Ten Reasons Cancer Stinks, and Ten Reasons it Doesn't
Why it stinks:
1) Cancer’s not fair. “Hey–I don’t smoke, seldom drink, exercise regularly, eat right, and I get cancer? What’s up with that?”
2) When you have cancer, you feel your body has turned against you. It’s not like a virus or
bacterial infection, or something attacking from outside; it’s your own cells, attacking one another from within, creating an internal battleground.
3) Cancer can change your appearance. Big time. Not only does your topography change with a lumpectomy or mastectomy, your geography may change if you’ve had reconstruction–Wait a sec, that’s not where my belly button used to be! And of course, there’s the loss of your hair, which makes visible parts of yourself you may never have seen before (your naked skull), let alone revealed for all the world to see.
4) Cancer isn’t a disease you can easily forget. Your breast, whether all or part of it’s missing, is all it takes to remind you about cancer every morning in the shower.
5) Unless you have good health insurance, cancer can be darned expensive. Even with pretty good insurance, those co-pays and deductibles and “we are unable to reimburse because you’ve exceeded your plan’s maximum amount of physical therapy” payments mount up. And it’s not like you have a real choice about getting treated, given the alternative.
6) Cancer changes you from a caregiver to a care receiver. As women, we’re used to giving, and giving, and giving some more–to friends, to parents, to children and spouses and the soccer team bake sale. Now we find ourselves so wrapped up in the battle, we have little energy to give; and instead, must take.
7) Cancer disrupts your schedule. Sick days at work are used up, vacation days are spent in treatment, rather than sitting in the sun with a good book, cars and kids have to be juggled so you can go to radiation every day for six weeks.
8) Cancer can kill you. You feel like there’s a loaded six-shooter pointed at your head, with one bullet in the chamber, or four, or maybe five bullets. Russian roulette – are you feeling lucky?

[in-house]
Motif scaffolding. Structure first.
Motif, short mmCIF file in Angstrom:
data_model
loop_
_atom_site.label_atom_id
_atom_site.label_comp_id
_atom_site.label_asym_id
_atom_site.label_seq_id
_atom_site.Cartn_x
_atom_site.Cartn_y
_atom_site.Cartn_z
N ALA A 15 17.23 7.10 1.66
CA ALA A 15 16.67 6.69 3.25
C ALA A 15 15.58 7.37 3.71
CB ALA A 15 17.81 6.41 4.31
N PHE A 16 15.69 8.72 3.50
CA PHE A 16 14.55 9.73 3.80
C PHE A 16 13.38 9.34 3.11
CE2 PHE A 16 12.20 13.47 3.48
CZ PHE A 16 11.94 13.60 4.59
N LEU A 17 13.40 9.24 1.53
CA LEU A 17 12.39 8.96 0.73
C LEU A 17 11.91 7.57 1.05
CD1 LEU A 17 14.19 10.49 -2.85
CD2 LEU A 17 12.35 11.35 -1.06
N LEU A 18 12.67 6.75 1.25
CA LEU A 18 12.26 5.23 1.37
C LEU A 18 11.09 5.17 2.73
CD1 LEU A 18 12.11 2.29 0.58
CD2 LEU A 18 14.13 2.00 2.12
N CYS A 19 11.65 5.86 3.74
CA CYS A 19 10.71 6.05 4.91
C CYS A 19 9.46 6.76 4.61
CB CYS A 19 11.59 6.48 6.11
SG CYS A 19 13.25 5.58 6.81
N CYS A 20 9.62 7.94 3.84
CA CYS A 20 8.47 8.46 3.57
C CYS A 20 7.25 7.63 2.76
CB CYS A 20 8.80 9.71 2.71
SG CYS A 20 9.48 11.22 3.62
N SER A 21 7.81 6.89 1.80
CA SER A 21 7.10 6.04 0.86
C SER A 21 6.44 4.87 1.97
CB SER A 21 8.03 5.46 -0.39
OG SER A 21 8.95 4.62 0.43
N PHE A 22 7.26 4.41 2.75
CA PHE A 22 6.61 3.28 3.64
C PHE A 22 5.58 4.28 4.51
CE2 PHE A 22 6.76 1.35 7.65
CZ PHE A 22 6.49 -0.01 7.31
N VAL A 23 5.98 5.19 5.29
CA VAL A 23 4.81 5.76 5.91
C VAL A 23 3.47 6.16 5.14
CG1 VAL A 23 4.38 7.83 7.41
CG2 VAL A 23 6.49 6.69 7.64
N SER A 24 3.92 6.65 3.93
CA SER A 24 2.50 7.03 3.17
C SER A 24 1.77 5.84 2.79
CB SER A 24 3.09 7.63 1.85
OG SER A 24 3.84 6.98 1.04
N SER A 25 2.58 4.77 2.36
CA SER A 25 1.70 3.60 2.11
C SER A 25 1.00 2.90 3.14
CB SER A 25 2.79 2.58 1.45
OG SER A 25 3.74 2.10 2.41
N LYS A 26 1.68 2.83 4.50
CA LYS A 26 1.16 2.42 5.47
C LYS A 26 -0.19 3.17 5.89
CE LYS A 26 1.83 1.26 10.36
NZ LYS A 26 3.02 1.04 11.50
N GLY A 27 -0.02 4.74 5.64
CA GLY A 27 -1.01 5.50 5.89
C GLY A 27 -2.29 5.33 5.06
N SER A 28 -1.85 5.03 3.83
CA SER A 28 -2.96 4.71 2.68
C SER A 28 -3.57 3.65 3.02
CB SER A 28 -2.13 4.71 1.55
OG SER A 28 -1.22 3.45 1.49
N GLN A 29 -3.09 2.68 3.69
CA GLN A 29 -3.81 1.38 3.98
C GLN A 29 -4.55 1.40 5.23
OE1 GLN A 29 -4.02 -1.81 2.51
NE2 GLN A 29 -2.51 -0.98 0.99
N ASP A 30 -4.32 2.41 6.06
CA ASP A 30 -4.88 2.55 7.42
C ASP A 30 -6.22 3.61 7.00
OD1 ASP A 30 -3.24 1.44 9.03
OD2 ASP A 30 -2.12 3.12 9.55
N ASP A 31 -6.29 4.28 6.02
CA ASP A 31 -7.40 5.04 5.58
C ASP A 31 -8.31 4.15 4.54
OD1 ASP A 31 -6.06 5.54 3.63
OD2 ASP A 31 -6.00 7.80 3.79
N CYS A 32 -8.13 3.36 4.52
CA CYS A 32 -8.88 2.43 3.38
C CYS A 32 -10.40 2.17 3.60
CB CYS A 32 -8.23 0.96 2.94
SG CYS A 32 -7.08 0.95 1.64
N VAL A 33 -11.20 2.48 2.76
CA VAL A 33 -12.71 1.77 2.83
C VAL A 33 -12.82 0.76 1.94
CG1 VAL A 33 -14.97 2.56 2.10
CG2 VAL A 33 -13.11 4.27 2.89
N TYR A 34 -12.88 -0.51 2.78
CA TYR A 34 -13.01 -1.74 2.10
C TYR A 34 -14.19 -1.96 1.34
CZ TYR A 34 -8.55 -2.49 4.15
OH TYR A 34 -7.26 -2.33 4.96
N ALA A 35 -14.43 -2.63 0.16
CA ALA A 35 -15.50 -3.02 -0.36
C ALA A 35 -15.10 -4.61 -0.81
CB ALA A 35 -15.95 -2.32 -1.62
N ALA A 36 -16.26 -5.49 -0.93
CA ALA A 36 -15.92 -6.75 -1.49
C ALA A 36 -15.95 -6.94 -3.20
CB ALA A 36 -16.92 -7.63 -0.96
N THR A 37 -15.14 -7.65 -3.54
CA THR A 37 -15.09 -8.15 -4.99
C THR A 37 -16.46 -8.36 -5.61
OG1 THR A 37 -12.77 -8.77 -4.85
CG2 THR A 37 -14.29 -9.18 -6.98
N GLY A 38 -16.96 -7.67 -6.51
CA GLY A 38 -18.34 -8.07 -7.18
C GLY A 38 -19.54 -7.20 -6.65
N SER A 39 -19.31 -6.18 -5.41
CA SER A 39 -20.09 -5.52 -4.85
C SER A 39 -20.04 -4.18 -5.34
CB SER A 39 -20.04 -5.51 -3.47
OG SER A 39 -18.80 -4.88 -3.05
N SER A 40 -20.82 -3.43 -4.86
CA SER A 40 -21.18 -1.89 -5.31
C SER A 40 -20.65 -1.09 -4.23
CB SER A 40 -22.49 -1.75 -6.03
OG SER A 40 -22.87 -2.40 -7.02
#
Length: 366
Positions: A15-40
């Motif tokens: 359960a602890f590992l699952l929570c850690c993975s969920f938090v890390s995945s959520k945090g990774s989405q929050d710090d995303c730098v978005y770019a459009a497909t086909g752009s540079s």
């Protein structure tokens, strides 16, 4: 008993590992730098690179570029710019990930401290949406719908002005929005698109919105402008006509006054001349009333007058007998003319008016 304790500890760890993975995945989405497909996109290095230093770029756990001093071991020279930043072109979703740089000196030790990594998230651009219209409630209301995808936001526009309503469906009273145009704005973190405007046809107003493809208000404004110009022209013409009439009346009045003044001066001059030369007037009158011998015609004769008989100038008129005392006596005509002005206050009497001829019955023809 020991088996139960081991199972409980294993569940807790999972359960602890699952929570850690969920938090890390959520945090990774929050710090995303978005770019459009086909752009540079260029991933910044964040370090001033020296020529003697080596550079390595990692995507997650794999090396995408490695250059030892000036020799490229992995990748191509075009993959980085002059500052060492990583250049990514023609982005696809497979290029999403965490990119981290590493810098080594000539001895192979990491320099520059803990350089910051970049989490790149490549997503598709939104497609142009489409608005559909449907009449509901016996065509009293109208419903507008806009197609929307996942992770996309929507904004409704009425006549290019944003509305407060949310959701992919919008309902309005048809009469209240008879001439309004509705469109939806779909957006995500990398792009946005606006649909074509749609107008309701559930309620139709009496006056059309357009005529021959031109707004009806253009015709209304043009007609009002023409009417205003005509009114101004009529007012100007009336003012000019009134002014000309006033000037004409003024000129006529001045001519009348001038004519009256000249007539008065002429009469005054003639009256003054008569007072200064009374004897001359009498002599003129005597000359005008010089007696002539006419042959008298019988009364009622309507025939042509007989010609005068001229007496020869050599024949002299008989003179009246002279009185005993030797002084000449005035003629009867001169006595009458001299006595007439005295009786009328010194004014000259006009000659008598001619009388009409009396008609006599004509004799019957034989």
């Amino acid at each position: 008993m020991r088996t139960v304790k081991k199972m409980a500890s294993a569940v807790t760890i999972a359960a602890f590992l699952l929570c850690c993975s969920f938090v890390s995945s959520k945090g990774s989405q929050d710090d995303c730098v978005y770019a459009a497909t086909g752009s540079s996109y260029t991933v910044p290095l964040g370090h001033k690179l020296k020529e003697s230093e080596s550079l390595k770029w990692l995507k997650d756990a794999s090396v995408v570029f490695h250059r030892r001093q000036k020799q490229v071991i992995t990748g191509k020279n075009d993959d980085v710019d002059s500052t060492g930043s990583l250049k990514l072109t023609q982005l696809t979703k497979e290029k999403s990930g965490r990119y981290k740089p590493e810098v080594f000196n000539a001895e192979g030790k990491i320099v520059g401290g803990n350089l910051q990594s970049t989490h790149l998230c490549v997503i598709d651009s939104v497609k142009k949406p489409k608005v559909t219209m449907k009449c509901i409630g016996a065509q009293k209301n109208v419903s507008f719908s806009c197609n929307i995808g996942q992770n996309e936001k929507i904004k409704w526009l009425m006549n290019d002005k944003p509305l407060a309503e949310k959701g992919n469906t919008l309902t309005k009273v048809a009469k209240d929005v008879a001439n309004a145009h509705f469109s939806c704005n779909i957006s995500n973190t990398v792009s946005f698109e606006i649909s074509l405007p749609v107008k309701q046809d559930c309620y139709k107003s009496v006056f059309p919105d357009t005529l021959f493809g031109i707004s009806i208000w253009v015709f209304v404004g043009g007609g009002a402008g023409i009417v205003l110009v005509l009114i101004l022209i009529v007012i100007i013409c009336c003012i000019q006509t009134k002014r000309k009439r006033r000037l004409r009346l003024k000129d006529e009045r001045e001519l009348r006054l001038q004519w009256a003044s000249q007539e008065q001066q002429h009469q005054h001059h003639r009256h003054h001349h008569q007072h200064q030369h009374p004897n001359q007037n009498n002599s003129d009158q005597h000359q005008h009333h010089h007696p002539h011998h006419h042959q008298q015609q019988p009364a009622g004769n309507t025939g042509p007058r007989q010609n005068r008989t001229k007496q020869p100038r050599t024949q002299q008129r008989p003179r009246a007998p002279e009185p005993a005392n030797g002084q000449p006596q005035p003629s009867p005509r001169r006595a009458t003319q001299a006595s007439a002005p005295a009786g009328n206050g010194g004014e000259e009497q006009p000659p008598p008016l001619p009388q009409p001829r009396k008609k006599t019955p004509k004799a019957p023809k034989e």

9) Cancer treatment makes you sick. Funny, it’s not usually the cancer itself that makes you vomit, sears your breast, or makes swallowing past the pain in your throat impossible; it’s the cure.
10) Once you have cancer, your belief that you’ll live a long, healthy life is never again quite as strong.
Ten reasons it doesn’t:
1) Cancer can change your life–if you let it. It’s a turning point: want to do something different, be a new person, have a better outlook? Go for it.
2) When you have cancer, people treat you gently and solicitously. Enjoy it – and remember, this is the way we should all treat one another, all the time.
3) Chemo gives you new hair. Always wanted curly hair without a perm? Now’s your chance!
4) Cancer forces you to stop and take a break from your usual stress sources. OK, granted it gives you NEW stress; but in putting aside the old stress in favor of the new, sometimes when you revisit the old issues that were causing you stress, you realize they’re just really not that important.
5) When you have cancer, you really do appreciate everyday things more. Living in the shadow of death–even when it’s the barest hint of a shadow–makes every sunrise twice as nice.
6) You no longer have to worry about getting cancer. You’ve got it! Check it off the mental worry list.
7) Cancer opens your life up to a whole new circle of friends. The woman having chemo in the chair beside you, caregivers you become close to, someone at work you’ve never really noticed who looks you in the eye and says “Hey, I’ve been there. Let’s talk.”
8) Cancer can develop your spiritual side. Whether within a formal religious framework, or meditating on the yoga mat, or getting a Reiki treatment, you may find yourself suddenly much more open. Your soul grows stronger, in order to balance the fight going on in your body.
9) As you learn to receive care gracefully, you become a better caregiver yourself. Cancer shows you the balance between giving and receiving.
10) People are nice, and the world really is a good place. Your cancer brings out the best in your family, friends, and caregivers. And if it doesn’t–give them a break, and move on. We’re all human.
Published On: August 15, 2006